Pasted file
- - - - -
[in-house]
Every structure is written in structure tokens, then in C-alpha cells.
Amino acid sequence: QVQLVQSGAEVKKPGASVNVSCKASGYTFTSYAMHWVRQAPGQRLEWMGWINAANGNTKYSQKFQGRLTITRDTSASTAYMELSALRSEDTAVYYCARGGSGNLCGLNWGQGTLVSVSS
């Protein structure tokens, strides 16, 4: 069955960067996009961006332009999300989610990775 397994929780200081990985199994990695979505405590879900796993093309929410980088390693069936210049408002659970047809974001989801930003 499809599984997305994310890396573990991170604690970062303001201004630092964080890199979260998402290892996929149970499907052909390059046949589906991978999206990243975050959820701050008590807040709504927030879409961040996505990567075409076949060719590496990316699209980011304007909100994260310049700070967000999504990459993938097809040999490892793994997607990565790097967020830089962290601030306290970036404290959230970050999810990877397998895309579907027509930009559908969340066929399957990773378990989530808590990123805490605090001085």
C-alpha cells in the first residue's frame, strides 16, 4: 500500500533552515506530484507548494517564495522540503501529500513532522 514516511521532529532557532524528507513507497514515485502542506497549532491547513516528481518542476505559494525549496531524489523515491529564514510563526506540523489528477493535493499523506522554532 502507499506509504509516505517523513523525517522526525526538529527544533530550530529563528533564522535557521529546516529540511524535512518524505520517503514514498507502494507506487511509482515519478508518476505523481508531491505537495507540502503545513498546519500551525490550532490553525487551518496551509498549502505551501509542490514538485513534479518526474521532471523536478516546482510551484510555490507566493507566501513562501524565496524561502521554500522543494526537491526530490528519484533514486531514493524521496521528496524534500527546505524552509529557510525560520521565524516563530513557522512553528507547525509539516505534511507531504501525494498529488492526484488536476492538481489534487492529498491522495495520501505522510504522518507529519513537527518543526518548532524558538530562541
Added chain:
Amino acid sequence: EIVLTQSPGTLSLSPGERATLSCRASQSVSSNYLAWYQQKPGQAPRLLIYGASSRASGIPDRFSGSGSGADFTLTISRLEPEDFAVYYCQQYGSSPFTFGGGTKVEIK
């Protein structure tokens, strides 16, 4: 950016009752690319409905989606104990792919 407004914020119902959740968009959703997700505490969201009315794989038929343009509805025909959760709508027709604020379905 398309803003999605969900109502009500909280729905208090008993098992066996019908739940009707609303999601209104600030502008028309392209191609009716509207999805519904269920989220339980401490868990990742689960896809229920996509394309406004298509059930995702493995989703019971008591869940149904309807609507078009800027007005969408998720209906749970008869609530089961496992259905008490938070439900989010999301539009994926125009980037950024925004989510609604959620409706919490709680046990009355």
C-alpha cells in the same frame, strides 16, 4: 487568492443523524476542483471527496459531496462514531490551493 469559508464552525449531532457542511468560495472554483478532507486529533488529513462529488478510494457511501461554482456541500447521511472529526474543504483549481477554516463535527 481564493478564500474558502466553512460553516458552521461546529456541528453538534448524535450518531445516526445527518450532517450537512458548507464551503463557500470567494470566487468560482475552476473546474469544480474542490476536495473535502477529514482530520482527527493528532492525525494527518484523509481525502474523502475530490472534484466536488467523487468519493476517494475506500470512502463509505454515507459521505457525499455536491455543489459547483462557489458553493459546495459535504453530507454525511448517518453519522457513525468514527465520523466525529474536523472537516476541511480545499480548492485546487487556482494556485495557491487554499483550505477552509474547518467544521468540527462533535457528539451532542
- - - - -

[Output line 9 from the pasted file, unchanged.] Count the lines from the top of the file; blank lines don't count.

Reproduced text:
C-alpha cells in the same frame, strides 16, 4: 487568492443523524476542483471527496459531496462514531490551493 469559508464552525449531532457542511468560495472554483478532507486529533488529513462529488478510494457511501461554482456541500447521511472529526474543504483549481477554516463535527 481564493478564500474558502466553512460553516458552521461546529456541528453538534448524535450518531445516526445527518450532517450537512458548507464551503463557500470567494470566487468560482475552476473546474469544480474542490476536495473535502477529514482530520482527527493528532492525525494527518484523509481525502474523502475530490472534484466536488467523487468519493476517494475506500470512502463509505454515507459521505457525499455536491455543489459547483462557489458553493459546495459535504453530507454525511448517518453519522457513525468514527465520523466525529474536523472537516476541511480545499480548492485546487487556482494556485495557491487554499483550505477552509474547518467544521468540527462533535457528539451532542